Passive job candidates aren’t lazy. They’re just people who aren’t actively looking for work because they’re happy where they are. But that doesn’t mean they might not be even happier working for you. You might assume luring people to join your team would require you to give them a hefty raise, but that’s not necessarily true. This article looks at why you might want to go fishing in the passive candidate pond and suggests some ideas for creating effective bait.
Why Go Fishing?
If you’re able to meet your staffing needs with traditional recruiting strategies in today’s low unemployment environment, that’s great. But are you really getting the best people? Even when more active job-seekers are available, you might want to pursue passive candidates as well.
After all, someone who’s not out looking for a job probably already works for an employer who considers him or her talented enough to retain and keep happy. And he or she is probably too busy being productive to job hunt anyway. Doesn’t that sound like just the kind of person you’d like to have working for you?
Fill Your Tackle Box
Professional recruiters suggest a broad array of tactics that, over time, will enable you to lure passive candidates to your organization. Think of it as your tackle box. The first step is to lay the groundwork so when you reach out to a passive candidate there’s a good chance the person already knows something about your company — and has a good impression of it. In today’s social-media-centric world, this means building up your online presence.
Make sure your website is optimized for search engines and includes a robust “careers” section. Next, if you haven’t already, start producing blogs of potential interest to the kind of people you’d like on your team and promote them on social media. Some blog posts should cover topics demonstrating your company’s thought leadership in its field; others might highlight innovative policies that make your business a great place to work. Get input from your top employees about professional subjects that interest them, and possibly have them contribute to your blogs.
People often blog or create social media accounts just to make themselves known to prospective employers, should they decide they’re ready for a change. You can also follow, like or connect with them, depending on the platforms they use, to call their attention to your company.
Other Spots To Consider
Of course, social media isn’t the only body of water in which to cast your line. If you aren’t already, become engaged in your local community, as well as in trade organizations. Try to land a speaking slot at an industry event. Recruiting passive job candidates isn’t a job for introverts.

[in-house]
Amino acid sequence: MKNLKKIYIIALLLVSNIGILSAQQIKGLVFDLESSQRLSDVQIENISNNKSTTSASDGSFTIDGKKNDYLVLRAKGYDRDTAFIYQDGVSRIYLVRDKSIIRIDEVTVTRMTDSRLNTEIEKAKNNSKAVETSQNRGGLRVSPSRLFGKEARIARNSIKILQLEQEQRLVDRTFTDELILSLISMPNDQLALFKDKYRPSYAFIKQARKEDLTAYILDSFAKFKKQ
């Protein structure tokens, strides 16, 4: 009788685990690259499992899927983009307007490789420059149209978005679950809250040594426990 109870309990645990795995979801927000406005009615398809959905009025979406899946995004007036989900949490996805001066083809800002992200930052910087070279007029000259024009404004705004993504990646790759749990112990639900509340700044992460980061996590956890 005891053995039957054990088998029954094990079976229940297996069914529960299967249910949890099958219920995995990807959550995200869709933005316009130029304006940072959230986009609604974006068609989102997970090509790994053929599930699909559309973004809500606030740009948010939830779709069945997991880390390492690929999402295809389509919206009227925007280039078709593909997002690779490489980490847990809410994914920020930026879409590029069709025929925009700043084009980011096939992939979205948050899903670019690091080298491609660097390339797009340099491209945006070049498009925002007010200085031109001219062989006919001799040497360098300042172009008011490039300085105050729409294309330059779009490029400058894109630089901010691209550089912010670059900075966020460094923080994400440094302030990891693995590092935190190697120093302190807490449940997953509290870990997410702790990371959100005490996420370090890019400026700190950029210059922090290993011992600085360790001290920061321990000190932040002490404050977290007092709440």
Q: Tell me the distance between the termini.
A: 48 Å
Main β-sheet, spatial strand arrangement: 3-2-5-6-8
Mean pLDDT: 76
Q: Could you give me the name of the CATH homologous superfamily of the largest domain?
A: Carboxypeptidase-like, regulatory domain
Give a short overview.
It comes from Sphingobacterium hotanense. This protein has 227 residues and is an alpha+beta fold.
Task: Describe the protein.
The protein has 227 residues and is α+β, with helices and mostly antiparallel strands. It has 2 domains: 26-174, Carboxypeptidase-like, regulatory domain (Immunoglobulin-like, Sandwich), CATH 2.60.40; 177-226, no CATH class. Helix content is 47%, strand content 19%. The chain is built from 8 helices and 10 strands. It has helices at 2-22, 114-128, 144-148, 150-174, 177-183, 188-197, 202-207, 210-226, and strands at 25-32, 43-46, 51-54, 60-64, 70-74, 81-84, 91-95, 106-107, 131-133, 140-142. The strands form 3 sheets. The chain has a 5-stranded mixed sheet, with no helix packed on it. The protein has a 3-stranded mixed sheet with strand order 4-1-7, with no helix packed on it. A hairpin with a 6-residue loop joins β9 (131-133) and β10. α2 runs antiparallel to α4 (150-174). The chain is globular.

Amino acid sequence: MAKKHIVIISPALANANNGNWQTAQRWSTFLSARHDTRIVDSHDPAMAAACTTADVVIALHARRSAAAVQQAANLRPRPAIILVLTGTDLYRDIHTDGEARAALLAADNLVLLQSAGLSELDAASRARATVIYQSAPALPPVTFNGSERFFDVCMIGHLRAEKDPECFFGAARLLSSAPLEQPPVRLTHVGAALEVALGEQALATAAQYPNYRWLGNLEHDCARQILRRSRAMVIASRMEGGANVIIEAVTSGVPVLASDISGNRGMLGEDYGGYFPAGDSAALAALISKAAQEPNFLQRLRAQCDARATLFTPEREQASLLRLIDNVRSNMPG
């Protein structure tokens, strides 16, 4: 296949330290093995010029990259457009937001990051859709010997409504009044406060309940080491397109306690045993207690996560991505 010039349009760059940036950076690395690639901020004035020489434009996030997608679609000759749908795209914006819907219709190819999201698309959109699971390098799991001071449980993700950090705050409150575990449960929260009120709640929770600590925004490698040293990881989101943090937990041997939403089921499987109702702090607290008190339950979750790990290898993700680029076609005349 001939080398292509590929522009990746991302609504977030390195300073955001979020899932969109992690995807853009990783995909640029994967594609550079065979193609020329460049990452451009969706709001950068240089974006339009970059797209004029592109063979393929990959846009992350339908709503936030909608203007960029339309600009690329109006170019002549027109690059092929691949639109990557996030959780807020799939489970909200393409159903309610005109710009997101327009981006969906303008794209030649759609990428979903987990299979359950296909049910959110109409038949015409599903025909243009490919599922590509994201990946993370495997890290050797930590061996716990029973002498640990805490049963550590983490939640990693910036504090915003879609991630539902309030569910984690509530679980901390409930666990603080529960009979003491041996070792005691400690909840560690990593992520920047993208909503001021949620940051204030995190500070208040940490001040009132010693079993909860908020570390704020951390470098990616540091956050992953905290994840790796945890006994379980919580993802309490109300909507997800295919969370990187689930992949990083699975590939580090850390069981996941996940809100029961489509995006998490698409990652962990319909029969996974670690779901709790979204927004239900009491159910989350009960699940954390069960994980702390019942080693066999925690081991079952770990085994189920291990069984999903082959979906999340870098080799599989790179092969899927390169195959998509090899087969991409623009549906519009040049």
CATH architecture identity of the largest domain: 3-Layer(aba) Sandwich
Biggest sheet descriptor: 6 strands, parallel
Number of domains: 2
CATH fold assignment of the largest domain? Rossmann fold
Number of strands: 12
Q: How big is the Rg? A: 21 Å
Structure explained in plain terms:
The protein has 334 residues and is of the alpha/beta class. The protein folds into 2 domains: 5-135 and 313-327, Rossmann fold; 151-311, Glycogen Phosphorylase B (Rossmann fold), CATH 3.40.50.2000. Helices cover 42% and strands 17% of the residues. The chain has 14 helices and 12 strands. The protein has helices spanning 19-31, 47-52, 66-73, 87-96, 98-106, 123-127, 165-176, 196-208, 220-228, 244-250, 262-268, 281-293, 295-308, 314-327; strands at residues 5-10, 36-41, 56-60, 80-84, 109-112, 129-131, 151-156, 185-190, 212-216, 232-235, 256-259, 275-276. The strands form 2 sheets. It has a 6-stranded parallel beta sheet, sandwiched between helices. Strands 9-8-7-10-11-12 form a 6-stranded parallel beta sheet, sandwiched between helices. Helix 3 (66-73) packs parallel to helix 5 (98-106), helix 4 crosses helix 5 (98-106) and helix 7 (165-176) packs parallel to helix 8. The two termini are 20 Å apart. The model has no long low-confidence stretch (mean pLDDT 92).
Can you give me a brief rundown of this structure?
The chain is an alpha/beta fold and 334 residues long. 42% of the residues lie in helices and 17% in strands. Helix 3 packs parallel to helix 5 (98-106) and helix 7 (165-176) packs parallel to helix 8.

You might also be able to look no further than your own workforce. In fact, your existing employees may be your best lures. Offer them meaningful incentives to recommend friends and acquaintances if you end up hiring someone your employee brought to your attention.
What about your own contacts? You might not have considered your circle of friends or business contacts as a conduit to fresh talent. But remember, you’re not trying to sell them something — only give them an opportunity to potentially do a favor for someone else.
Other options include Google, which has the capacity to deliver up relevant resumes if you learn how to narrowly target what you’re looking for. In addition, you can do a search for “Facebook recruiting” for pointers on finding the right people on that very popular social media platform. And don’t overlook LinkedIn’s “Talent Solutions,” which has a lot of information you may be able to use.
Reel Them in Gently
When you ultimately connect with people you might like to hire — but who aren’t technically in the job market — don’t immediately launch into a recruitment pitch. Doing so could elicit a curt “I’m not looking for a job” response. Rather, indicate you’re trying to get to know people who might, in the future, be interested in joining your team. That way they don’t feel forced to react.
Provide them with information that might be of value to them, so it’s not a one-way conversation. Perhaps talk about an industry or technology trend that pertains to that passive candidate’s field.
Your goal is to learn not only about whether the individual would be a good fit for your organization, but also what motivates him or her. What are his or her career aspirations and the facets of an employment opportunity that would make it most attractive? Compensation is important, but it’s not always top of the list.
You can also seize the opportunity to ask people whether they know of anyone they could recommend who might be interested in seeking a job with you.
Hook, Line and Sinker
If the conversation is low-key and interesting enough, a prospect will probably be amenable to staying in touch. That way you can check back later to see whether anything has changed. You might even be pleasantly surprised to find the person reaching out to you, or maybe not. Either way, in a tight job market, enticing good workers hook, line and sinker requires frequent fishing expeditions that include efforts to net passive job candidates.